What Steve Jobs Taught Me About Career Fulfillment

In Steve Jobs’ now famous 2005 commencement speech at Stanford University he was sharing his life lessons with the graduating class. And he encouraged them to trust that all the things they do with their life will somehow all come together in the future and that this belief should give them the confidence to follow their hearts when it leads them off the well-worn path. Certainly easy for him to say as the co-founder of Apple.   

This message served as the inspiration for a recent Toastmasters speech I gave about my career path where I connected my own dots to see how they’ve led me to where I am today.

Currently I serve as the Senior Associate Director of Career Services at New England Law Boston and run my own career coaching service. When I think back to the beginning of my career I can see how everything I experienced prepared me for where I am today.

My Favorite class

In college, my favorite class was Organizational Behavior which is essentially the intersection of psychology and business. I loved learning about how companies create amazing work place cultures and motivate employees. I was also introduced to one of my all-time favorite books, The 7 Habits of Highly Effective People by Stephen Covey, which taught me how to be proactive and take responsibility for my life among many other lessons. Little did I know that in this course, the seeds of personal development were being planted, and that it would become the focus of my career almost 20 years later.

looking good but feeling empty

But as life would have it I had to get lost before I could find myself. After college I sought jobs that from the outside looked like they would be fun but in reality they didn’t provide any sense of fulfillment. I reasoned that if I had to work, I wanted my work to be fun and exciting. Using this criteria, I landed a string of "dream jobs," first in sports marketing at Reebok, then at a major talent agency in Hollywood, and lastly as an entertainment lawyer at a record label in New York City. These jobs were certainly fun, the work was interesting, and working with celebrities was a nice perk but they never gave me the sense of fulfillment that I craved from a career.


Feeling unfulfilled, I found myself constantly searching for something that would fill this void. I knew I didn't want to go back to school to get another degree, and I certainly didn’t want to just jump to a new and equally unsatisfying job. I resolved to sit tight, and continued to practice law while simultaneously following my curiosity into the world of entrepreneurship and personal development. I had no intention of starting my own business or becoming a coach. Rather I was drawn to those worlds because there was a sense of freedom and fulfillment that I saw in those communities that I didn’t see in other industries.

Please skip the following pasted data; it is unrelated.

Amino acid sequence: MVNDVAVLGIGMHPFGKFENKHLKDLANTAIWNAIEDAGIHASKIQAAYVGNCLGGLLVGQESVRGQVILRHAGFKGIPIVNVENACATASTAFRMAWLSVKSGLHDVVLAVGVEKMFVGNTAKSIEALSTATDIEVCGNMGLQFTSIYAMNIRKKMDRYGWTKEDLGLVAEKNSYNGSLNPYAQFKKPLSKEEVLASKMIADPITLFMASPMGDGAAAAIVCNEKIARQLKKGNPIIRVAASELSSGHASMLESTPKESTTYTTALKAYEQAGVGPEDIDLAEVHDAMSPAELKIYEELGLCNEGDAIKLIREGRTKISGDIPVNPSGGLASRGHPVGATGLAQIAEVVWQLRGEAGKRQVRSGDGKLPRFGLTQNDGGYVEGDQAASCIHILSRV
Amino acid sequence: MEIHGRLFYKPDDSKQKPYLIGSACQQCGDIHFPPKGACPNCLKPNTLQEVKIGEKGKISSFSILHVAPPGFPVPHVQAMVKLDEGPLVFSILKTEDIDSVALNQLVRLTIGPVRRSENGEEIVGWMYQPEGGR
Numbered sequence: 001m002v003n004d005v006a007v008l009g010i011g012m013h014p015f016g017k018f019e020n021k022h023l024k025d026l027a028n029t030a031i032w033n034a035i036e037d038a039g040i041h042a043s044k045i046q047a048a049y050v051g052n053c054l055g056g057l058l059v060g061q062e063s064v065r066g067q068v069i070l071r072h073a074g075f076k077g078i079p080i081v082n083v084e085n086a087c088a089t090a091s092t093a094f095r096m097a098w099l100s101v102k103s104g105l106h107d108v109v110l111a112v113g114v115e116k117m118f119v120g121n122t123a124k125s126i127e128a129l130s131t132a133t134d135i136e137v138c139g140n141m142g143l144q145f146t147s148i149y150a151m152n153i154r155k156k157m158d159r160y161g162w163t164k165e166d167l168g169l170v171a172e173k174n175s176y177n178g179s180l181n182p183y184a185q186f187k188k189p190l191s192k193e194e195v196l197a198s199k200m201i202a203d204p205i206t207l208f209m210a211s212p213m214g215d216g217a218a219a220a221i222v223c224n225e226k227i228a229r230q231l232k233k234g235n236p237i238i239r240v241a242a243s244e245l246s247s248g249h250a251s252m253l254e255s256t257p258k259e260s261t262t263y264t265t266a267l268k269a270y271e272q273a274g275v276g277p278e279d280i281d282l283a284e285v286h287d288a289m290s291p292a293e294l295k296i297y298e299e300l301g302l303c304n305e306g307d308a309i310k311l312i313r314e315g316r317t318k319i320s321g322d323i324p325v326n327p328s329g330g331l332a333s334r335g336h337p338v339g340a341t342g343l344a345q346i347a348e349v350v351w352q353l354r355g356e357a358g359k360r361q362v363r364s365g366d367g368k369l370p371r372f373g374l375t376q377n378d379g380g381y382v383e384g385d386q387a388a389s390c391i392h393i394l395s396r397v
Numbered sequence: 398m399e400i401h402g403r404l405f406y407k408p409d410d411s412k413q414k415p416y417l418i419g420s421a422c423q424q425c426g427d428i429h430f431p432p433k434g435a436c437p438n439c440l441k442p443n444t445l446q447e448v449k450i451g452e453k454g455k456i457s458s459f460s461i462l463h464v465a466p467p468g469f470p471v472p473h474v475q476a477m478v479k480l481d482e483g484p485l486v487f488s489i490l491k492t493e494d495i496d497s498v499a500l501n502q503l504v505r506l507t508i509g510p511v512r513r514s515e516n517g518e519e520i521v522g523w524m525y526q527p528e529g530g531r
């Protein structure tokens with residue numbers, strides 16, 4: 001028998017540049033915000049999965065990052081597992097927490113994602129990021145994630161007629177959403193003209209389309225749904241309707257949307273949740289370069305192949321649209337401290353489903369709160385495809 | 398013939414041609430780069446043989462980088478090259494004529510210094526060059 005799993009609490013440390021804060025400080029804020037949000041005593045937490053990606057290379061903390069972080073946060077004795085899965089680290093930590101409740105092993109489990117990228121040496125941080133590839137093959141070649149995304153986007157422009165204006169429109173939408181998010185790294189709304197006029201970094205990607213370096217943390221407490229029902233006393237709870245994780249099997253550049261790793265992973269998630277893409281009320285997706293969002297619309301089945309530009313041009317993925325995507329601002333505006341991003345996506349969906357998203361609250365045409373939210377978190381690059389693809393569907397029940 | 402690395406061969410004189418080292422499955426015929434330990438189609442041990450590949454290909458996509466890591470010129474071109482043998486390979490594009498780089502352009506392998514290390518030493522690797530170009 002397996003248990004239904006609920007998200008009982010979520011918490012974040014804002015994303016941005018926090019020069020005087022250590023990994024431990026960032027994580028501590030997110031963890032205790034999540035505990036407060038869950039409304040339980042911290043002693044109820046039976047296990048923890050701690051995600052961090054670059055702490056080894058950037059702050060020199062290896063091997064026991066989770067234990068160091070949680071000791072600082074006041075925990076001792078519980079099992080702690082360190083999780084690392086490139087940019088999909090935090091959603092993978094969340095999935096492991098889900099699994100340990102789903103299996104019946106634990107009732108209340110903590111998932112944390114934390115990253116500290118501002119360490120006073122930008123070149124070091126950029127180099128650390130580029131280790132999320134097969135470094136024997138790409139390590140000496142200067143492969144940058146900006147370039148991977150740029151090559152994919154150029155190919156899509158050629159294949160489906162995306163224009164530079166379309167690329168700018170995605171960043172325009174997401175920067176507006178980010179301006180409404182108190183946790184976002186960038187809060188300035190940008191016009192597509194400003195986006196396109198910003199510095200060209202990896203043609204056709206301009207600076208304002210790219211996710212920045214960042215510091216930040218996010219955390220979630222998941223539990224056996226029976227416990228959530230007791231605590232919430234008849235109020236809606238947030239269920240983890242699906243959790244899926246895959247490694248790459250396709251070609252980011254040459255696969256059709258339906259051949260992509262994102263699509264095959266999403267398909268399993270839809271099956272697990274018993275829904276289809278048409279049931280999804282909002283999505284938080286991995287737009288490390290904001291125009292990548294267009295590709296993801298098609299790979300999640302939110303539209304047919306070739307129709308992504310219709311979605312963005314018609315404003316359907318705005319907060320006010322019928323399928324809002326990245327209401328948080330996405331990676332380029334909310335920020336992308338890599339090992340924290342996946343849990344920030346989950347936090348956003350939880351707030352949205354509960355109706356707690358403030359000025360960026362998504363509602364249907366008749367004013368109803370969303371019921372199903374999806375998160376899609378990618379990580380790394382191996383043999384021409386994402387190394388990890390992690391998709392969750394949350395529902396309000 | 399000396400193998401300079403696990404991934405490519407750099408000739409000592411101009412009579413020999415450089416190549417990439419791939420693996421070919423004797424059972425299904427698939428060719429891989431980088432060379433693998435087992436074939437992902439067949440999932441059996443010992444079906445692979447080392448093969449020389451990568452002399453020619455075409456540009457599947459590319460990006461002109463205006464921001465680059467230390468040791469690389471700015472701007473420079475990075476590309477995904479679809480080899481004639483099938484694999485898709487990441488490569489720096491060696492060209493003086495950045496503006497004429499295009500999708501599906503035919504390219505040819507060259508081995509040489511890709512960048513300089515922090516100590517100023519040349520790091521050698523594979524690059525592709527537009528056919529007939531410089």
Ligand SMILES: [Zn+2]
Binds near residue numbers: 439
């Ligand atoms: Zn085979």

As I took more personal development classes, I began applying what I was learning to my legal career. I found my legal work to be more rewarding because I was connecting with my clients on a much deeper level. Their legal issues were symptoms of problems in other areas of their lives, and I was able to help them address those issues so that their businesses would flourish. Ultimately, I recognized that I enjoyed the coaching and counseling aspect of being a lawyer significantly more than I enjoyed the legal research, contract drafting, and litigation that consumed most of my time. It was this realization that led me to consider that it was time to leave the law so that I could focus my efforts on coaching. I knew I had finally found the thing that I was looking for, the "missing piece", that filled the void all my previous jobs could not do.


But leaving the law was easier said than done. While I was relieved to have finally identified the missing element in my career, I was plagued by fear about how to move forward. Was I really ready to walk away from my legal career? How would I build a career as a coach? I struggled with doubt and uncertainty even as I dreamed of following a more fulfilling path. My transformation didn't happen overnight; in fact it took another two years of careful planning and preparation to successfully transition into my coaching career.

After I left the law I became a legal recruiter, gaining the experience, skills, and insight to understand the hiring process from both the perspective of the employer and the lawyer in search of work. I moved back home to Boston and through my network found a job working in career services at Northeastern School of Law. There I began teaching courses that combined personal development and career development which led to me giving a talk on career development at New England Law Boston, my alma mater. Soon thereafter New England Law offered me a job to join their career services department.

Today I can happily say that I love what I do and it has nothing to do with having a flashy job title or working for a name brand company.  It has everything to do with what I get to do every day, counseling  students and clients and the feeling of satisfaction I get from helping them achieve their career goals.

From where I stand, it seems I have come full circle in terms of my career back to my personal development roots, but I could have only ended up here after taking such a long and windy road. The journey, often uncertain and frustrating, was an invaluable experience. Getting lost, learning from my mistakes, following my curiosity, and struggling to find my way professionally makes me uniquely suited to help people discover their talents and forge their own path. As Steve Jobs nicely summarized for us, connecting the dots certainly allows you to make sense of your past in a way that gives you hope for the future.


If you would like to learn how to design a more fulfilling career you can download the Career Design Guide below.

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